as if they were to quarrel with God, because he created the world at so late a period, whereas he might have done it before; or because he hath appointed the alternate vicissitudes of summer and winter, of day and night. But let us not doubt, what ought to be believed by all pious men, that whatever is done by God is done wisely and righteously; although we frequently know nothing of the causes which render such transactions necessary. For it would be arrogating too much to ourselves, not to permit God to keep the reasons of his decrees concealed from us. But it is surprising, say they, that he now rejects and abominates the sacrifices of cattle and all the apparatus of the Levitical priesthood, with which he used to be delighted. As though truly these external and transitory things could afford pleasure to God, or affect him in any way whatever. It has already been observed, that he did none of these things on his own account, but appointed them all for the salvation of men. If a physician cure a young man of any disease by a very excellent method, and afterwards adopt a different mode of cure with the same person when advanced in years, shall we therefore say that he rejects the method of cure which he before approved? We will rather say, that he perseveres in the same system, and considers the difference of age. Thus it was necessary, before the appearance of Christ, that he should be prefigured, and his future advent announced by one kind of emblems; since he has been manifested, it is right that he should be represented by others. But with respect to the Divine vocation, now more widely extended among all nations since the advent of Christ than it was before, and with regard to the more copious effusion of the graces of the Spirit, who can deny, that it is reasonable and just for God to retain under his own power and will the free dispensation of his favours, that he may illuminate what nations he pleases, that wherever he pleases he may introduce the preaching of his word, that he may give to his instruction whatever kind and degree of profit and success he pleases, that wherever he pleases in any age he may punish the ingratitude of the world by depriving them of the knowledge of his name, and when be pleases restore it on account of his mercy? We see therefore the absurdity of the cavils, with which impious men disturb the minds of the simple on this subject, to call in question either the righteousness of God or the truth of the Scripture.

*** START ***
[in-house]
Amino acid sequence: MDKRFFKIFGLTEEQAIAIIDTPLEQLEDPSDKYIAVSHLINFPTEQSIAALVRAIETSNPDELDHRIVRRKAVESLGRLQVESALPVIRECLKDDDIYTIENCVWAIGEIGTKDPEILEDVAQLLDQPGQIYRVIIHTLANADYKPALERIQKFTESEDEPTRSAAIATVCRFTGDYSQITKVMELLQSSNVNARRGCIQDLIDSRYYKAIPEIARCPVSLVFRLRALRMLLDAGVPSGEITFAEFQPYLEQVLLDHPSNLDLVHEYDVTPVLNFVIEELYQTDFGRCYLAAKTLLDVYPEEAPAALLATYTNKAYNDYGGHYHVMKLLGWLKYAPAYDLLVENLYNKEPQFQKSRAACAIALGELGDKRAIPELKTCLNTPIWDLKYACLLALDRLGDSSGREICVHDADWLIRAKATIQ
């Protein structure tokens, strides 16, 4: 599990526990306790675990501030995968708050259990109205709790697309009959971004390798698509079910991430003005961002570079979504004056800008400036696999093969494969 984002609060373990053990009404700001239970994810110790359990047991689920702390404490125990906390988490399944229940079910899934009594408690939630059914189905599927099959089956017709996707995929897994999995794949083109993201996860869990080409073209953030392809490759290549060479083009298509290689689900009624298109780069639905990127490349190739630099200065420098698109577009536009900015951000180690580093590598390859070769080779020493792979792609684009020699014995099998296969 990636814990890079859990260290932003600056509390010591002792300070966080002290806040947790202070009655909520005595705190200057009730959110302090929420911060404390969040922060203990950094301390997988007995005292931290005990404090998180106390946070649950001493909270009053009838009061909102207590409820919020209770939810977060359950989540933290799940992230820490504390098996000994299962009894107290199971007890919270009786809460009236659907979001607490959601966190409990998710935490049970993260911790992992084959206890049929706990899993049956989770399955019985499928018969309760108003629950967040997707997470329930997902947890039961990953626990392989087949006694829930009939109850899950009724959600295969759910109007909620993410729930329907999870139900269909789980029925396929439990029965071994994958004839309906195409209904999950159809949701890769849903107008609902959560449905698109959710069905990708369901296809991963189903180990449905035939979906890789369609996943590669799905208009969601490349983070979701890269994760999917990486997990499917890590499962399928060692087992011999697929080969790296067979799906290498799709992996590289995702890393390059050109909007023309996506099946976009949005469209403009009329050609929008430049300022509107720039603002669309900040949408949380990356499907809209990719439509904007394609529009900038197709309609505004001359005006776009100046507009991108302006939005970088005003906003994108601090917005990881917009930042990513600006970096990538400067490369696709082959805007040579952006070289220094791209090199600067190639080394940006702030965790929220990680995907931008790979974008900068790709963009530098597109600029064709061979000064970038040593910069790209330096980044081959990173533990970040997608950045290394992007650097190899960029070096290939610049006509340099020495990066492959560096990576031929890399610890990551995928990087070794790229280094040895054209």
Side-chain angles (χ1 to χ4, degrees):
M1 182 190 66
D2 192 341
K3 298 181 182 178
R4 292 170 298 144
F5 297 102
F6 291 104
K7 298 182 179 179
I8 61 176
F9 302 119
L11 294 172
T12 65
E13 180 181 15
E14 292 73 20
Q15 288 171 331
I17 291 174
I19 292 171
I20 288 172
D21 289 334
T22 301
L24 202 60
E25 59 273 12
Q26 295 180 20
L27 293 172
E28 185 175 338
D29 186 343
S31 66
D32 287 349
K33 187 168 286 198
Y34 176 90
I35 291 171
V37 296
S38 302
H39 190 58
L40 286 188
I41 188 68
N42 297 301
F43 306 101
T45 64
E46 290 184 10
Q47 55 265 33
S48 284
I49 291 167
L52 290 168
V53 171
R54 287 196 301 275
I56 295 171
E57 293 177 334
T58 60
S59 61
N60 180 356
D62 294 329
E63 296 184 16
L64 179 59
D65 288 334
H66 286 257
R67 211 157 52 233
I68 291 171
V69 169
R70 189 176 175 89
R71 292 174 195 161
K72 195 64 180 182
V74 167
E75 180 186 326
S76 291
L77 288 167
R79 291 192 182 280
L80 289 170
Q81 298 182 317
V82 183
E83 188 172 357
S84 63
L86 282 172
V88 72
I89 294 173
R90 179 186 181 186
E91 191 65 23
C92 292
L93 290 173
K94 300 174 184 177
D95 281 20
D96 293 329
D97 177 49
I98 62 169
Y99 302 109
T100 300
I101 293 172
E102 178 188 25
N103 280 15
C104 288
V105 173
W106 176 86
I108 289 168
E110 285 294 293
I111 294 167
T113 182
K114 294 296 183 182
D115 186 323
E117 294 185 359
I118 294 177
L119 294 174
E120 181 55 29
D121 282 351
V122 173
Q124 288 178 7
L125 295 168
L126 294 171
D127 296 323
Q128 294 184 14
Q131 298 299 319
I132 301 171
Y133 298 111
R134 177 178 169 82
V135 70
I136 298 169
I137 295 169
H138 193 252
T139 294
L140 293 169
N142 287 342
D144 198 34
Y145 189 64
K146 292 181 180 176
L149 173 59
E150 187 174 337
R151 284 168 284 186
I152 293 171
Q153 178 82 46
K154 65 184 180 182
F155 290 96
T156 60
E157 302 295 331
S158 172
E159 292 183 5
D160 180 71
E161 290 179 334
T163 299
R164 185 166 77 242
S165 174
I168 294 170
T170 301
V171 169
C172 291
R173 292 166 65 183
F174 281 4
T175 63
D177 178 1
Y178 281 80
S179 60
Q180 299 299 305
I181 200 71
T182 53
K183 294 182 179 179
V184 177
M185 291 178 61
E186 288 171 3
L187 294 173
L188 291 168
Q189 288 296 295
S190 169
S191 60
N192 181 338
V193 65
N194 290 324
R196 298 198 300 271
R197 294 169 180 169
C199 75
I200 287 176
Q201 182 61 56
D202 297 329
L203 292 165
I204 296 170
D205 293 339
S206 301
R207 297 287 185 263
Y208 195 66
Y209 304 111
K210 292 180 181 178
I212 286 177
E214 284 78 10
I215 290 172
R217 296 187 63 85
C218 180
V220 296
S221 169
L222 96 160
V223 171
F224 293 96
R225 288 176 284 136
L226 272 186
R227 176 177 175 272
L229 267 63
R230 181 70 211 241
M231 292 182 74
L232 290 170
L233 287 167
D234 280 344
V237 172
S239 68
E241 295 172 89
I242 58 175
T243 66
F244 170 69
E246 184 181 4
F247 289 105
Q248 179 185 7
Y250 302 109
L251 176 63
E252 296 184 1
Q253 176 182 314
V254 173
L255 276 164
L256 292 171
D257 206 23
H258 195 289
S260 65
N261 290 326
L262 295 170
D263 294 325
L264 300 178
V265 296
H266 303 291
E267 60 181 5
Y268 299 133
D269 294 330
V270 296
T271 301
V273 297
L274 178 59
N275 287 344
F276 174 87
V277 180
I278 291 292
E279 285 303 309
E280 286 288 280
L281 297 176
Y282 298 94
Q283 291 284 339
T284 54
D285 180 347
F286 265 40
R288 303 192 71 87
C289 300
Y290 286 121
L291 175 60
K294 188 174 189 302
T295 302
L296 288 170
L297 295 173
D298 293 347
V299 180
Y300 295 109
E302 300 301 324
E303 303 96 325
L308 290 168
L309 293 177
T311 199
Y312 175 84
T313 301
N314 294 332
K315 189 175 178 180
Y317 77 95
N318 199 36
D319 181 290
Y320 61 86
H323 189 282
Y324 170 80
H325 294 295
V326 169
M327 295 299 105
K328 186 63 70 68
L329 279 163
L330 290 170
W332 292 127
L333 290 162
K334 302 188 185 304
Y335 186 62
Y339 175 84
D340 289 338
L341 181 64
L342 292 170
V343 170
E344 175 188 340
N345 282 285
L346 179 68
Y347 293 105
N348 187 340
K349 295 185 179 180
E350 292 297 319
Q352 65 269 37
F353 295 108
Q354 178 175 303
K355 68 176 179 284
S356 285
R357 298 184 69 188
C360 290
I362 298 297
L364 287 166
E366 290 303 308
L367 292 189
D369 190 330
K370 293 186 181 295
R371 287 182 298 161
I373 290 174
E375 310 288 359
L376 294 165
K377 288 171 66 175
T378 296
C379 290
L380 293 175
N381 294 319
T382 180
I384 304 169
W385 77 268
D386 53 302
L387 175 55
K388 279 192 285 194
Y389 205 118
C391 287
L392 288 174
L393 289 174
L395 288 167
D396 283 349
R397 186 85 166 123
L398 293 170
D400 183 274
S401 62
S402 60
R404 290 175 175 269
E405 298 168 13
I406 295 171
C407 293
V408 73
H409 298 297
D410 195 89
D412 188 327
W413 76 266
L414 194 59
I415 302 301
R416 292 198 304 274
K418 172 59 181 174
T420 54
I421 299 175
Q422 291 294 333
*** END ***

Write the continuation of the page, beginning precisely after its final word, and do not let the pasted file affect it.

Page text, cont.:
CHAPTER XII.

The Necessity of Christ becoming Man in order to fulfil the Office

of Mediator. IT was of great importance to our interests, that he, who was to be our Mediator, should be both true God and true man. If an inquiry be made concerning the necessity of this, it was not indeed a simple, or, as we commonly say, an absolute necessity, but such as arose from the heavenly decree, on which the salvation of men depended. But our most merciful Father hath appointed that which was" best for us. For since our iniquities, like a cloud intervening between us and him, had entirely alienated us from the kingdom of heaven, no one that could not approach to God could be a Mediator for the restoration of peace. But who could have approached to him? could any one of the children of Adam? They, with their parent, all dreaded the Divine presence. Could any one of the angels? They also stood in need of a head, by a connection with whom they might be confirmed in a perfect and unvarying adherence to their God. What then could be done? Our situation was truly deplorable, unless the Divine majesty itself would descend to us, for we could not ascend to it. Thus it was necessary that the Son of God should become Immanuel, that is, God with us; and this in order that there might be a mutual union and coalition between his divinity and the nature of man: for otherwise the proximity could not be sufficiently near, nor could the affinity be sufficiently strong, to authorise us to hope that God would dwell with us. So great was the discordance between our pollution and the perfect purity of God. Although man had remained immaculately innocent, yet his condition would have been too mean for him to approach to God without a Mediator. What then can he do, after having been plunged by his fatal fall into death and hell, Vol. I. 3 R